Higher Education in Turmoil: Financial Pressures and Program Cuts Mark the Start of 2024


The dawn of 2024 brought grim news for several higher education institutions grappling with financial pressures and enrollment challenges. Amidst the ongoing turmoil, universities across the United States are forced to make tough decisions, including program cuts and job layoffs. This article delves into the recent developments, shedding light on the struggles faced by institutions ranging from large public universities to prestigious private colleges.

Higher Education in Turmoil: Financial Pressures and Program Cuts Mark the Start of 2024
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Financial Woes at the University of New Hampshire

The University of New Hampshire (UNH) recently announced plans to cut up to 75 employees as part of a broader initiative to reduce expenses by $14 million. Tania deLuzuriaga, UNH's executive director of public relations, cited intense competition for enrollment and increased costs as primary challenges. The personnel cuts are concentrated in departments like information technology, the campus art museum, and the health and wellness clinic.

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Program Eliminations at the University of North Carolina at Greensboro

The University of North Carolina at Greensboro (UNC Greensboro) has identified 19 programs for elimination after a recent academic portfolio review, citing low enrollment for both graduate and undergraduate programs. While the number of job cuts remains unspecified, faculty members contest certain details of the program review, including inaccurate enrollment numbers that impact majors like religious studies and Russian and Chinese languages.

Eastern Gateway Community College's Struggles

Eastern Gateway Community College (EGCC) is cutting 28 jobs in an attempt to save $1.3 million. The college, previously entangled in issues related to a free college program, faced scrutiny from accrediting bodies and the U.S. Department of Education. In August, EGCC announced the termination of the free college program, and the state auditor is currently investigating financial irregularities at the institution.

Layoffs at Queens College Amid Budget Reductions

Queens College, part of the City University of New York (CUNY) system, laid off 26 full-time faculty members in response to budget reductions. CUNY administrators mandated enhanced deficit reduction plans after a $23 million budget cut by New York City mayor Eric Adams. The abrupt nature of the cuts, occurring just before the spring semester, has drawn criticism from faculty members.

Youngstown State University's Program Cuts

Youngstown State University is set to cut five programs, leading to the elimination of 13 faculty positions due to low enrollment. The affected programs, including art education, geography, music composition, jazz studies, and public and professional writing, enrolled only 175 students with 23 graduates in the last academic year. Protests from students and faculty have emerged in response to these cuts.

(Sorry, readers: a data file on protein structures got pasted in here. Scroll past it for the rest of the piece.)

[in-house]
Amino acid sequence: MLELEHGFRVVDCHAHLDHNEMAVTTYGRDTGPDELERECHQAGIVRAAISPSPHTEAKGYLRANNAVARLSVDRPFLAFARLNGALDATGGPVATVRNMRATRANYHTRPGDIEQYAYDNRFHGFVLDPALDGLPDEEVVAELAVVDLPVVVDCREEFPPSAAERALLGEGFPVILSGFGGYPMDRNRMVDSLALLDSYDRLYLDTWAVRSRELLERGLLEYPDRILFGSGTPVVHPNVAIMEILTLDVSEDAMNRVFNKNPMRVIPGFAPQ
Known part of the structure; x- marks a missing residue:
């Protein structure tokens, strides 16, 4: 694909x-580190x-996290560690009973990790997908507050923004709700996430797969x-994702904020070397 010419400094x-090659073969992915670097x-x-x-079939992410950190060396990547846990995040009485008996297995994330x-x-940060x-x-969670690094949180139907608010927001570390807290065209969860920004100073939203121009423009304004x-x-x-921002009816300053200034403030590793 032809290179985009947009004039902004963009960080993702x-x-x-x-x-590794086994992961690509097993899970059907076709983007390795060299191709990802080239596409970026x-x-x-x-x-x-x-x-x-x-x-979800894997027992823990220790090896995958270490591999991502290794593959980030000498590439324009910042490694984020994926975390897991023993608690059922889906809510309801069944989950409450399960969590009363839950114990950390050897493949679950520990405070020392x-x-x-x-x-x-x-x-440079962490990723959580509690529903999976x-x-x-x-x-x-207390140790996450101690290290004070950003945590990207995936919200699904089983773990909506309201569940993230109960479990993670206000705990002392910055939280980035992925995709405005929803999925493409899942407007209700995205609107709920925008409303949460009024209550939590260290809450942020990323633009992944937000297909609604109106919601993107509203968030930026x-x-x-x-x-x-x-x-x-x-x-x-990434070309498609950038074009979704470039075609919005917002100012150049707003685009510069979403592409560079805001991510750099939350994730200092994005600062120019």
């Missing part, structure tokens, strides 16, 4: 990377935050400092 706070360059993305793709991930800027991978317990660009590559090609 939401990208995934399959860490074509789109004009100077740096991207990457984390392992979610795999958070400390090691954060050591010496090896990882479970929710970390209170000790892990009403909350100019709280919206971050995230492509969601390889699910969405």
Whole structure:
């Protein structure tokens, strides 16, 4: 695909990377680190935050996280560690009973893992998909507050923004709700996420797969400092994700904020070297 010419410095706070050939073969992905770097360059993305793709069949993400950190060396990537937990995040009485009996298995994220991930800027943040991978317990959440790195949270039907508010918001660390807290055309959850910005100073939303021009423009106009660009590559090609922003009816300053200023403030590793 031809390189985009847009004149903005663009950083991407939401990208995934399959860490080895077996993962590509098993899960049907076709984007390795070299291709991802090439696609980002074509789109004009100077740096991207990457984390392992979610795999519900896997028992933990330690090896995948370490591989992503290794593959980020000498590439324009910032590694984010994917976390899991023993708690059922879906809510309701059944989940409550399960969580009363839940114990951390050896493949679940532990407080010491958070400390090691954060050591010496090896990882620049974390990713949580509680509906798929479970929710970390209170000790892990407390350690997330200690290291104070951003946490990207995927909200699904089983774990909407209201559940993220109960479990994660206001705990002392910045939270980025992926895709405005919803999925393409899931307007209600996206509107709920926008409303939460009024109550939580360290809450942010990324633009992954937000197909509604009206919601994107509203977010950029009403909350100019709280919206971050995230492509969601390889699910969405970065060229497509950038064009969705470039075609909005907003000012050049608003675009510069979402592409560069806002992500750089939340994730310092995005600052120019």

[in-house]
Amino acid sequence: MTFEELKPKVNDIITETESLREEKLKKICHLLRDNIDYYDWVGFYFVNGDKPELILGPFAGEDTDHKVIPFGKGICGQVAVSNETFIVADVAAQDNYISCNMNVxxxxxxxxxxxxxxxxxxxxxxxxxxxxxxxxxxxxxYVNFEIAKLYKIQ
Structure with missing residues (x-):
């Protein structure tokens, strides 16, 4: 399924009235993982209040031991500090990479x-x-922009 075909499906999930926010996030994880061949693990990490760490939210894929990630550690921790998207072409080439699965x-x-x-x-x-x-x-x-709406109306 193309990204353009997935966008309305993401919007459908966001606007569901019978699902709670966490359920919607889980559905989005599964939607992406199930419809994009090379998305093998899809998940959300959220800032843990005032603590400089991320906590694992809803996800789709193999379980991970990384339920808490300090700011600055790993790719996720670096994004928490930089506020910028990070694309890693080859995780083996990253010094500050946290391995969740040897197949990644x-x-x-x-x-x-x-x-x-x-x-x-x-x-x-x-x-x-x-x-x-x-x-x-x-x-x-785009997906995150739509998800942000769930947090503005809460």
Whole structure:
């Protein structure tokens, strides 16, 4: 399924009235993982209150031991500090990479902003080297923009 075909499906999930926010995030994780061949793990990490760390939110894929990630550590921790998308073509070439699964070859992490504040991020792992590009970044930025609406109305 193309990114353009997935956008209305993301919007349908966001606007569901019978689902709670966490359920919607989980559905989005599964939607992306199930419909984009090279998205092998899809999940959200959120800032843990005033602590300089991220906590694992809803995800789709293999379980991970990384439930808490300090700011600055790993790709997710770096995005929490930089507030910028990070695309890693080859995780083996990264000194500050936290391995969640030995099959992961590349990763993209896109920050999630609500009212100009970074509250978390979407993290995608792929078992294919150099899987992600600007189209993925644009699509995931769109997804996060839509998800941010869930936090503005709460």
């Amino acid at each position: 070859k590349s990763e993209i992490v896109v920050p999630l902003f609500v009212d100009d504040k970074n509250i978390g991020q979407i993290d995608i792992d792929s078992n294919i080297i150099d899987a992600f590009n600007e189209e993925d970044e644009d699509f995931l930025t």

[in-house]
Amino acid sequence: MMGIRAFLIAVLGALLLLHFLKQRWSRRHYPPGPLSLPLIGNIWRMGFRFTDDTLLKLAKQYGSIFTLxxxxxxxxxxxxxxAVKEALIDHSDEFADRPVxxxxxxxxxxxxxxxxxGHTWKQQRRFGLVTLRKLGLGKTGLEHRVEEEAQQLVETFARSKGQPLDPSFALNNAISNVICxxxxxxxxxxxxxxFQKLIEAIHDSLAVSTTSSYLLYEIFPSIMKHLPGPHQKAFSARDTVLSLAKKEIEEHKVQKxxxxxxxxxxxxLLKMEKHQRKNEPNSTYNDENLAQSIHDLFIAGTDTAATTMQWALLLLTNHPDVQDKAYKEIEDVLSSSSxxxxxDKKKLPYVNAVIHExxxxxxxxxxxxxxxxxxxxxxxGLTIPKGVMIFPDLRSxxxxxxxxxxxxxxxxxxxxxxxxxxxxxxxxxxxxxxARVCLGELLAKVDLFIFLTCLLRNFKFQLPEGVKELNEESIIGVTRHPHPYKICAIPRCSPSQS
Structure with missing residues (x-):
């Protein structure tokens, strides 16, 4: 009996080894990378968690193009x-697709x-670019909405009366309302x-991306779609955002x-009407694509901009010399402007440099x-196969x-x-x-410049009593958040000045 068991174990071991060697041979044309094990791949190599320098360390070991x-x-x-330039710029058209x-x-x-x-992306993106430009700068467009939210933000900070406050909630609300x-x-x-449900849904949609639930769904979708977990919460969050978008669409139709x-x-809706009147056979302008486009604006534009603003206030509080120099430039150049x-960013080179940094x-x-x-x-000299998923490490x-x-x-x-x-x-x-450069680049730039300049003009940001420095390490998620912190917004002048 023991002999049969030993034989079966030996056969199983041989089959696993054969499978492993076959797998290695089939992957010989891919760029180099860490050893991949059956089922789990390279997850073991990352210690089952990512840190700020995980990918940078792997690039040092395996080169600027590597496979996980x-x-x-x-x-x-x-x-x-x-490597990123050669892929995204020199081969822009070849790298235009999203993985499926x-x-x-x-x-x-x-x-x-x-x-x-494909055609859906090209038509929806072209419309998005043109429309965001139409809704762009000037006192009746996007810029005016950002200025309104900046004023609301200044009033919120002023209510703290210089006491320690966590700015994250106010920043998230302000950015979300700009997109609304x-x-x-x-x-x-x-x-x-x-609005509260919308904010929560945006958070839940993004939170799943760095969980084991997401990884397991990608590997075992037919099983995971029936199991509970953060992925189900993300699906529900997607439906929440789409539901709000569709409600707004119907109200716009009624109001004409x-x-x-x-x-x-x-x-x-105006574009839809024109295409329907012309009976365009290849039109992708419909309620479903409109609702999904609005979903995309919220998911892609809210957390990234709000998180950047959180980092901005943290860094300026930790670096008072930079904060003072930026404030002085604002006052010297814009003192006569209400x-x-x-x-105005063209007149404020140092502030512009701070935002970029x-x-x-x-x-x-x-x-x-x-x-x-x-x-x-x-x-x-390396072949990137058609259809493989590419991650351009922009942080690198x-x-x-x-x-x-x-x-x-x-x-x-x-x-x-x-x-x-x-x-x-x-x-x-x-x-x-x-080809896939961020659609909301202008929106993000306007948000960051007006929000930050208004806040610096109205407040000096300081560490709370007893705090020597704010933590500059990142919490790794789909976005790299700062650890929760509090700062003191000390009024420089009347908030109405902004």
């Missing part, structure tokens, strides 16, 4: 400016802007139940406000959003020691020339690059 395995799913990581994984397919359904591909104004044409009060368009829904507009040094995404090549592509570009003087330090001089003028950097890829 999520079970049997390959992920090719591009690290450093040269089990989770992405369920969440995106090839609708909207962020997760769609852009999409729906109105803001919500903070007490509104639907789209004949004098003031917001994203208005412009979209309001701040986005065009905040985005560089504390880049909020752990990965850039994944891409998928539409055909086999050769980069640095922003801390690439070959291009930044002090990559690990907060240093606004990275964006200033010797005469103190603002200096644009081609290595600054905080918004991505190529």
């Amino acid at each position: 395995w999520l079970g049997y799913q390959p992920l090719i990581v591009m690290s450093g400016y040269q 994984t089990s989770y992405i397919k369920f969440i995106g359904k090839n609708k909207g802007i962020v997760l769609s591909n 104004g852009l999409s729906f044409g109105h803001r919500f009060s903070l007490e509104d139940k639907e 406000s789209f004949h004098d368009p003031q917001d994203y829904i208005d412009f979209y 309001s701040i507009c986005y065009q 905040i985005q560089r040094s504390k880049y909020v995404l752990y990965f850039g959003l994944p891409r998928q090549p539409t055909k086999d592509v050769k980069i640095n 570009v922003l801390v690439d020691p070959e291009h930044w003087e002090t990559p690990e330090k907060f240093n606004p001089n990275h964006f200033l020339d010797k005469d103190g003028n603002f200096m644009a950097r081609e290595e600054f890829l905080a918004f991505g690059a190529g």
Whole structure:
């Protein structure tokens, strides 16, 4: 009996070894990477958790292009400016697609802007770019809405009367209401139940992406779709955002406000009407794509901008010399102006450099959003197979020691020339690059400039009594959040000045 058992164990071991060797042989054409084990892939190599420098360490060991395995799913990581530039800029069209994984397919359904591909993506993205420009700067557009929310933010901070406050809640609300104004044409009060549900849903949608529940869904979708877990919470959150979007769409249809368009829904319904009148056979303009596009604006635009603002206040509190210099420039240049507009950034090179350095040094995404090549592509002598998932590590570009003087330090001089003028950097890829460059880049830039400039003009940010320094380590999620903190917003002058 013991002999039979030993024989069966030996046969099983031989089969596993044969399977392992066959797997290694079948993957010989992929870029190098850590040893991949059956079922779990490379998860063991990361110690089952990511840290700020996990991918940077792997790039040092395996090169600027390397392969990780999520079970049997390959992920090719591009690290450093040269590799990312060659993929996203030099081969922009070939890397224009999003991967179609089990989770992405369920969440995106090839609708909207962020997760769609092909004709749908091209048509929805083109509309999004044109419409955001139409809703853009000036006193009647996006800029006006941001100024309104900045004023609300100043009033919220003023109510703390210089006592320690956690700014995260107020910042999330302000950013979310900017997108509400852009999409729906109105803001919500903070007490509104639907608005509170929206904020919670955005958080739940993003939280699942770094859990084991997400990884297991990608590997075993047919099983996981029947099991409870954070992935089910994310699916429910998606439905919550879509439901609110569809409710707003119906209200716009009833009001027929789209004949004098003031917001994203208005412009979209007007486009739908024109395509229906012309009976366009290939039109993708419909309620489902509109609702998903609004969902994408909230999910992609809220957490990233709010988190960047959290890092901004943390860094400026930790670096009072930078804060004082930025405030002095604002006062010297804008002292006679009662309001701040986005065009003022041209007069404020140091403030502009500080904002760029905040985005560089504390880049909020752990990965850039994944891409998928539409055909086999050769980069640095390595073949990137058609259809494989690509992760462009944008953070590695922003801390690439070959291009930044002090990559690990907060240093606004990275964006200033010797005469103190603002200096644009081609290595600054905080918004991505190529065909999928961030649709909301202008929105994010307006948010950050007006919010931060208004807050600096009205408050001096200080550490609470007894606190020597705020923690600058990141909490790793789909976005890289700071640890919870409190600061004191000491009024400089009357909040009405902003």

Goddard College's Move Online

Goddard College is shifting temporarily to online programs, ending low-residency options on campus. Enrollment issues, student preferences, and rising costs are cited as driving factors behind the move. The transition will also result in the layoff of a dozen staff members, marking a significant change for the institution.

Connecticut State Colleges & Universities Offering Buyouts

The Connecticut State Colleges & Universities system anticipates a $140 million deficit in the next fiscal year and is offering buyouts to encourage retirements. Around 550 employees are eligible for the retirement incentive, raising concerns about job replenishment. The buyout plan has sparked a no-confidence vote in CSCU chancellor Terrence Cheng.

Hiring Freeze at the University of Chicago

Despite being one of the wealthiest institutions with a $10 billion endowment, the University of Chicago has imposed a hiring freeze due to a $239 million budget deficit. Rising interest payments and a debt of $5.8 billion contribute to the financial challenges. Details on potential layoffs are expected when the university releases deficit-reduction plans this spring.

Budget Cuts at Pennsylvania State University

Penn State plans to cut an estimated $94 million from the 2023-26 budget, driven by flat state funding and declining enrollment. While specific details on job cuts remain unclear, PSU president Neeli Bendapudi emphasized the need for a new approach to address ongoing challenges.

The challenges faced by these institutions underscore the complex landscape of higher education, where financial pressures, enrollment struggles, and budget deficits converge. As universities navigate this tumultuous period, tough decisions regarding program cuts and job layoffs become unavoidable. The impact on students, faculty, and the broader academic community raises concerns about the future of higher education in an era marked by economic uncertainties and evolving educational paradigms.

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